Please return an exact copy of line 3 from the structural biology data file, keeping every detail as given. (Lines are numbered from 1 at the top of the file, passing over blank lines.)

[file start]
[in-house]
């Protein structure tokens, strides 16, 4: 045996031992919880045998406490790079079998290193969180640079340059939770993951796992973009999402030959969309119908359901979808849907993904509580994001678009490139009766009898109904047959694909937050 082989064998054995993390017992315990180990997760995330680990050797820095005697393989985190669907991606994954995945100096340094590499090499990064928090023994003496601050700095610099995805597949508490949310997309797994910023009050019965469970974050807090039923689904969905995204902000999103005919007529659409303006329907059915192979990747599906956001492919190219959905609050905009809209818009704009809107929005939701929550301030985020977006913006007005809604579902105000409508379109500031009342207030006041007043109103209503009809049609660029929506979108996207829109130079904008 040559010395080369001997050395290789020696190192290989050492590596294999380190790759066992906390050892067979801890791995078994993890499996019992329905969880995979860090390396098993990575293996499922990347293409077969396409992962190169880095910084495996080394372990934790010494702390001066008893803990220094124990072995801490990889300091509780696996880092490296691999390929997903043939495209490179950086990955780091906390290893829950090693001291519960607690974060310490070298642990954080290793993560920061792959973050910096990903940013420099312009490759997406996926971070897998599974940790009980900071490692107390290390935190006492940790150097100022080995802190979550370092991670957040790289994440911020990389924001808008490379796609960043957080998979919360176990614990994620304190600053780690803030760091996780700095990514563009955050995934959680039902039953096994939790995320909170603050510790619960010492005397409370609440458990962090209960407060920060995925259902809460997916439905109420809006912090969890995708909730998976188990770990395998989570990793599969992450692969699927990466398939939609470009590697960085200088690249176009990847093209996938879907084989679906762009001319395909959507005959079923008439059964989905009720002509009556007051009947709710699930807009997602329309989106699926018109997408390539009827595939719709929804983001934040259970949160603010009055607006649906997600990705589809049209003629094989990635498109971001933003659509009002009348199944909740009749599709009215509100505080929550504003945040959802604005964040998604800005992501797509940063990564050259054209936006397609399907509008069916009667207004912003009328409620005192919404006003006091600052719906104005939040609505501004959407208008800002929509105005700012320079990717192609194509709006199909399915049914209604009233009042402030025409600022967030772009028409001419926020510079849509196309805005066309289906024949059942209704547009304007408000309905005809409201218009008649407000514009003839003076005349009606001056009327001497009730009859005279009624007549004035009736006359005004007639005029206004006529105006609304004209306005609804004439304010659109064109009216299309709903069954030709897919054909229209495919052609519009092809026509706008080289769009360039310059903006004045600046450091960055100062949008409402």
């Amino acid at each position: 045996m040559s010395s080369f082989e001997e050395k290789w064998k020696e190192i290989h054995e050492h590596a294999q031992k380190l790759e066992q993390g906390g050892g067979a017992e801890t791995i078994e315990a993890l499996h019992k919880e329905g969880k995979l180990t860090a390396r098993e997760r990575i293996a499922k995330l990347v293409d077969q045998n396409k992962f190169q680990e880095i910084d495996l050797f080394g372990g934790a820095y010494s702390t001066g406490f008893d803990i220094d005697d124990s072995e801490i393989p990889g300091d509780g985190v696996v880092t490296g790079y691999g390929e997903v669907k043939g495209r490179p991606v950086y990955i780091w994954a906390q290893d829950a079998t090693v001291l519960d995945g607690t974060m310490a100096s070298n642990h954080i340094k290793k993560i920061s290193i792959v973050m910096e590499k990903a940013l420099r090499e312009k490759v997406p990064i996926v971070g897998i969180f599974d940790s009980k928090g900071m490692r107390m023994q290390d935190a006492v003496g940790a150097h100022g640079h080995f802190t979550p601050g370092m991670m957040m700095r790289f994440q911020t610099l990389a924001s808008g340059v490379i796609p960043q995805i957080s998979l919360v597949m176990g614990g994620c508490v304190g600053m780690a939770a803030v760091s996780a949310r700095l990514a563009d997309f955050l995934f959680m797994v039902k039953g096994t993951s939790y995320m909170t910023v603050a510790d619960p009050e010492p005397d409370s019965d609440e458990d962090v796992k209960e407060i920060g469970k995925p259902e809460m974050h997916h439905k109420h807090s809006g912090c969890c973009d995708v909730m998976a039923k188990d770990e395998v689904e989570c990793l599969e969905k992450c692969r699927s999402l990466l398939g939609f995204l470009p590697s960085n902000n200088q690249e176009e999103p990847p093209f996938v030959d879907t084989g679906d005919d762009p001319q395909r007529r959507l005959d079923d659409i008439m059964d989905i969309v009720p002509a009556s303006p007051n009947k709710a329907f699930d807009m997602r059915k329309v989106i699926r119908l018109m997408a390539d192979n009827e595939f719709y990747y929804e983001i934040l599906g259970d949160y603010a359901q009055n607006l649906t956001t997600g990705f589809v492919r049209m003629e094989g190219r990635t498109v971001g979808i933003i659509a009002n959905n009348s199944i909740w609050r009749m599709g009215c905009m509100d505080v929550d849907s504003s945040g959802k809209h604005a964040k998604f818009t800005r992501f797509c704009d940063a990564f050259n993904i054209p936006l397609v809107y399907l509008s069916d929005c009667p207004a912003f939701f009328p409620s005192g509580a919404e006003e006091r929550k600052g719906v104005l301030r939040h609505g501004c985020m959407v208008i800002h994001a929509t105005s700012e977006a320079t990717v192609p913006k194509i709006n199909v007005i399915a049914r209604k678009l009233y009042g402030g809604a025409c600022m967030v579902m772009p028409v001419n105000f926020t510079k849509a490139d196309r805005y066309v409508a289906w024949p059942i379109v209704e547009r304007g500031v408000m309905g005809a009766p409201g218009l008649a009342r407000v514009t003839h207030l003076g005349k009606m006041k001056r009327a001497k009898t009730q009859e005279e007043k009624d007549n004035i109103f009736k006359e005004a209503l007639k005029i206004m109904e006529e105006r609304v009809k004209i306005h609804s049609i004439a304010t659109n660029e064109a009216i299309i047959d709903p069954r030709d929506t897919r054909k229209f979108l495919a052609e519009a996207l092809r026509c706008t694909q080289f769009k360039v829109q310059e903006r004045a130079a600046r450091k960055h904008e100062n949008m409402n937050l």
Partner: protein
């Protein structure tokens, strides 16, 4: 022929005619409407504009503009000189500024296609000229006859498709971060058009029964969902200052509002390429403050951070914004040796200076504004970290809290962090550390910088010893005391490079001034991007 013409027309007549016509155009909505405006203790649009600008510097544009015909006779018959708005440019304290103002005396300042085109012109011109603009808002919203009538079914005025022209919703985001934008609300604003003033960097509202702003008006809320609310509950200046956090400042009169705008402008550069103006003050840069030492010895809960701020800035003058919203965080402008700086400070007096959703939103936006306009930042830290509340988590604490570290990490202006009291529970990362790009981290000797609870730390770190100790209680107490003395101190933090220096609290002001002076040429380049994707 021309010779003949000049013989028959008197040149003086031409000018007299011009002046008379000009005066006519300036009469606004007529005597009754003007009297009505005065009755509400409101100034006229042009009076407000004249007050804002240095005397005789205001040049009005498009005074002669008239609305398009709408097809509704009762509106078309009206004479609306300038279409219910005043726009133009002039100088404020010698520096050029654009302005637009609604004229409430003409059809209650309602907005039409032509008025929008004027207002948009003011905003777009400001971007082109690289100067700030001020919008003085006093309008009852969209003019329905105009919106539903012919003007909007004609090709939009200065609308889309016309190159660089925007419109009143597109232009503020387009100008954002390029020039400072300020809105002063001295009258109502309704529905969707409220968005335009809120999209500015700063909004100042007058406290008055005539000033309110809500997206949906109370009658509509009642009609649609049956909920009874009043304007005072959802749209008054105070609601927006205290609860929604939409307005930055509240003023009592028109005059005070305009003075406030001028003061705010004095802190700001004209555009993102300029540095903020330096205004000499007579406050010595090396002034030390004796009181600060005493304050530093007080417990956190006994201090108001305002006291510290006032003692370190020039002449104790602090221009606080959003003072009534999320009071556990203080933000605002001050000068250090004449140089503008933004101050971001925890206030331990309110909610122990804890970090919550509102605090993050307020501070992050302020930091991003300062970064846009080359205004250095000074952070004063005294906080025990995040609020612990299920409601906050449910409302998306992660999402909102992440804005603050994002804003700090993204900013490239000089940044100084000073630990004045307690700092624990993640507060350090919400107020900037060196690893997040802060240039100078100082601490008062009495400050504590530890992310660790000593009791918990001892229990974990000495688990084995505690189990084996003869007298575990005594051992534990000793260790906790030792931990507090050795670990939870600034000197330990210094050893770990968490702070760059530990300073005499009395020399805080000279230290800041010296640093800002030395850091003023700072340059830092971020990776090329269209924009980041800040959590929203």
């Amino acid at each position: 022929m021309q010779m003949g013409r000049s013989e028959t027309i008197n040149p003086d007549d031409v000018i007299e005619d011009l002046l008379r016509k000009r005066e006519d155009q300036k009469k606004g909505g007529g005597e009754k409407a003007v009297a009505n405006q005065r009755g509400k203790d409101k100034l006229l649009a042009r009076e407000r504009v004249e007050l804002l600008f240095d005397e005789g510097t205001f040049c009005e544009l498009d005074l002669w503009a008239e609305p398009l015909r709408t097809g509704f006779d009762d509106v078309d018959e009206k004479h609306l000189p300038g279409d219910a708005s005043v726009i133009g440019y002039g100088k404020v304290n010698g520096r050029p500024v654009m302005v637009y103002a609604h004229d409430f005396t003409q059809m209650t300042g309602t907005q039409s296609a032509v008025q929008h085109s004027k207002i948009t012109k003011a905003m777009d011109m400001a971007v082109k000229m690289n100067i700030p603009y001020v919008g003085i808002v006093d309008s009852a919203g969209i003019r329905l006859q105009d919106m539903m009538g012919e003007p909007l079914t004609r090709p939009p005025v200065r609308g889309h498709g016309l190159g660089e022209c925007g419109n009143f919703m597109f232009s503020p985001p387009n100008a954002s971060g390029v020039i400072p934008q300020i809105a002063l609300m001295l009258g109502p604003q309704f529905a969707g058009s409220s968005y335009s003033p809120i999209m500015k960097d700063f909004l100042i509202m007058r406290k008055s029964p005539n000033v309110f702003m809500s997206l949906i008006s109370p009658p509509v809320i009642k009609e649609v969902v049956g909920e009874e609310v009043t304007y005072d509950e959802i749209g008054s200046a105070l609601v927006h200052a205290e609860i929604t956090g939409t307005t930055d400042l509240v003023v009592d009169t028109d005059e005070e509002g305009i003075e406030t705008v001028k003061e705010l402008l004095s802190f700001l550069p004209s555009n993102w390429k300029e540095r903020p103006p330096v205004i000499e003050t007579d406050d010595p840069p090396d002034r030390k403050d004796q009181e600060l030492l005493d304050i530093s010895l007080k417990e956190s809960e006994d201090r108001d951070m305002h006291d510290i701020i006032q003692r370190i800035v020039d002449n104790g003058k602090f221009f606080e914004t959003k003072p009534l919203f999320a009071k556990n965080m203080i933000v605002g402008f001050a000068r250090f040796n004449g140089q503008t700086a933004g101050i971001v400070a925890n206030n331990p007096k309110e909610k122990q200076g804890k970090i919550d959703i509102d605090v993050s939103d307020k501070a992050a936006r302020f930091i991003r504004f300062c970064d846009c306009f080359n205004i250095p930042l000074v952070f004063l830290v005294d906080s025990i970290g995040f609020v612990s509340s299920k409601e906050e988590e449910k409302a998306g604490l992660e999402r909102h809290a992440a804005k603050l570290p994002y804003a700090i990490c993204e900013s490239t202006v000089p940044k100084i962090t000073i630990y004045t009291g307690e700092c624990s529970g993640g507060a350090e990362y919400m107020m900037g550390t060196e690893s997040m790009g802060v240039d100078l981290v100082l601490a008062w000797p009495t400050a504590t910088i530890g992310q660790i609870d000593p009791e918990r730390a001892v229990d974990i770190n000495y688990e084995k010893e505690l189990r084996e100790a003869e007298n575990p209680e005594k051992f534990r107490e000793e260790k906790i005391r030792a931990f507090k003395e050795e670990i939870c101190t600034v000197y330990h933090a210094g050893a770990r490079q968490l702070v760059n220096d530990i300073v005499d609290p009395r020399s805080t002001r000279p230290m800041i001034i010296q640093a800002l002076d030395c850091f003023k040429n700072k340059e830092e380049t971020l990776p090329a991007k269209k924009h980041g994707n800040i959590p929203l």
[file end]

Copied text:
């Amino acid at each position: 045996m040559s010395s080369f082989e001997e050395k290789w064998k020696e190192i290989h054995e050492h590596a294999q031992k380190l790759e066992q993390g906390g050892g067979a017992e801890t791995i078994e315990a993890l499996h019992k919880e329905g969880k995979l180990t860090a390396r098993e997760r990575i293996a499922k995330l990347v293409d077969q045998n396409k992962f190169q680990e880095i910084d495996l050797f080394g372990g934790a820095y010494s702390t001066g406490f008893d803990i220094d005697d124990s072995e801490i393989p990889g300091d509780g985190v696996v880092t490296g790079y691999g390929e997903v669907k043939g495209r490179p991606v950086y990955i780091w994954a906390q290893d829950a079998t090693v001291l519960d995945g607690t974060m310490a100096s070298n642990h954080i340094k290793k993560i920061s290193i792959v973050m910096e590499k990903a940013l420099r090499e312009k490759v997406p990064i996926v971070g897998i969180f599974d940790s009980k928090g900071m490692r107390m023994q290390d935190a006492v003496g940790a150097h100022g640079h080995f802190t979550p601050g370092m991670m957040m700095r790289f994440q911020t610099l990389a924001s808008g340059v490379i796609p960043q995805i957080s998979l919360v597949m176990g614990g994620c508490v304190g600053m780690a939770a803030v760091s996780a949310r700095l990514a563009d997309f955050l995934f959680m797994v039902k039953g096994t993951s939790y995320m909170t910023v603050a510790d619960p009050e010492p005397d409370s019965d609440e458990d962090v796992k209960e407060i920060g469970k995925p259902e809460m974050h997916h439905k109420h807090s809006g912090c969890c973009d995708v909730m998976a039923k188990d770990e395998v689904e989570c990793l599969e969905k992450c692969r699927s999402l990466l398939g939609f995204l470009p590697s960085n902000n200088q690249e176009e999103p990847p093209f996938v030959d879907t084989g679906d005919d762009p001319q395909r007529r959507l005959d079923d659409i008439m059964d989905i969309v009720p002509a009556s303006p007051n009947k709710a329907f699930d807009m997602r059915k329309v989106i699926r119908l018109m997408a390539d192979n009827e595939f719709y990747y929804e983001i934040l599906g259970d949160y603010a359901q009055n607006l649906t956001t997600g990705f589809v492919r049209m003629e094989g190219r990635t498109v971001g979808i933003i659509a009002n959905n009348s199944i909740w609050r009749m599709g009215c905009m509100d505080v929550d849907s504003s945040g959802k809209h604005a964040k998604f818009t800005r992501f797509c704009d940063a990564f050259n993904i054209p936006l397609v809107y399907l509008s069916d929005c009667p207004a912003f939701f009328p409620s005192g509580a919404e006003e006091r929550k600052g719906v104005l301030r939040h609505g501004c985020m959407v208008i800002h994001a929509t105005s700012e977006a320079t990717v192609p913006k194509i709006n199909v007005i399915a049914r209604k678009l009233y009042g402030g809604a025409c600022m967030v579902m772009p028409v001419n105000f926020t510079k849509a490139d196309r805005y066309v409508a289906w024949p059942i379109v209704e547009r304007g500031v408000m309905g005809a009766p409201g218009l008649a009342r407000v514009t003839h207030l003076g005349k009606m006041k001056r009327a001497k009898t009730q009859e005279e007043k009624d007549n004035i109103f009736k006359e005004a209503l007639k005029i206004m109904e006529e105006r609304v009809k004209i306005h609804s049609i004439a304010t659109n660029e064109a009216i299309i047959d709903p069954r030709d929506t897919r054909k229209f979108l495919a052609e519009a996207l092809r026509c706008t694909q080289f769009k360039v829109q310059e903006r004045a130079a600046r450091k960055h904008e100062n949008m409402n937050l």